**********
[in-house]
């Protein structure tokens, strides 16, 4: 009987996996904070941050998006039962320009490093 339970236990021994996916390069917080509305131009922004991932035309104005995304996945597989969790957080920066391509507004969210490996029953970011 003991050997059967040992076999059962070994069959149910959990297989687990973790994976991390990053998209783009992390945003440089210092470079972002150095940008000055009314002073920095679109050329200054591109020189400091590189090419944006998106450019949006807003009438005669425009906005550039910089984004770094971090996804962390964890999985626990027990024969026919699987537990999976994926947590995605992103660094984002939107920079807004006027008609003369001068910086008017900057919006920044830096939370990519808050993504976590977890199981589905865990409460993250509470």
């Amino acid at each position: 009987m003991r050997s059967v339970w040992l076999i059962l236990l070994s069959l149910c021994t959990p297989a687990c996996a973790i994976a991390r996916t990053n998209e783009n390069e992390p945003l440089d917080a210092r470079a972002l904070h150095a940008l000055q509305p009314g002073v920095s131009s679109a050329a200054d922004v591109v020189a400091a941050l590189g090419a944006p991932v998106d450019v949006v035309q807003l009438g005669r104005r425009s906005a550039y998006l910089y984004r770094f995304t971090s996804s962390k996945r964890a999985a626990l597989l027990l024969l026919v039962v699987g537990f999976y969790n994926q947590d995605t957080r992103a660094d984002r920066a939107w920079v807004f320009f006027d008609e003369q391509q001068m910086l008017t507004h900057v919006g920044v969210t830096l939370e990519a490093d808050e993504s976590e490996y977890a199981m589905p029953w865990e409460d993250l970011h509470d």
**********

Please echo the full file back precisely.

[in-house]
């Protein structure tokens, strides 16, 4: 009987996996904070941050998006039962320009490093 339970236990021994996916390069917080509305131009922004991932035309104005995304996945597989969790957080920066391509507004969210490996029953970011 003991050997059967040992076999059962070994069959149910959990297989687990973790994976991390990053998209783009992390945003440089210092470079972002150095940008000055009314002073920095679109050329200054591109020189400091590189090419944006998106450019949006807003009438005669425009906005550039910089984004770094971090996804962390964890999985626990027990024969026919699987537990999976994926947590995605992103660094984002939107920079807004006027008609003369001068910086008017900057919006920044830096939370990519808050993504976590977890199981589905865990409460993250509470």
């Amino acid at each position: 009987m003991r050997s059967v339970w040992l076999i059962l236990l070994s069959l149910c021994t959990p297989a687990c996996a973790i994976a991390r996916t990053n998209e783009n390069e992390p945003l440089d917080a210092r470079a972002l904070h150095a940008l000055q509305p009314g002073v920095s131009s679109a050329a200054d922004v591109v020189a400091a941050l590189g090419a944006p991932v998106d450019v949006v035309q807003l009438g005669r104005r425009s906005a550039y998006l910089y984004r770094f995304t971090s996804s962390k996945r964890a999985a626990l597989l027990l024969l026919v039962v699987g537990f999976y969790n994926q947590d995605t957080r992103a660094d984002r920066a939107w920079v807004f320009f006027d008609e003369q391509q001068m910086l008017t507004h900057v919006g920044v969210t830096l939370e990519a490093d808050e993504s976590e490996y977890a199981m589905p029953w865990e409460d993250l970011h509470d």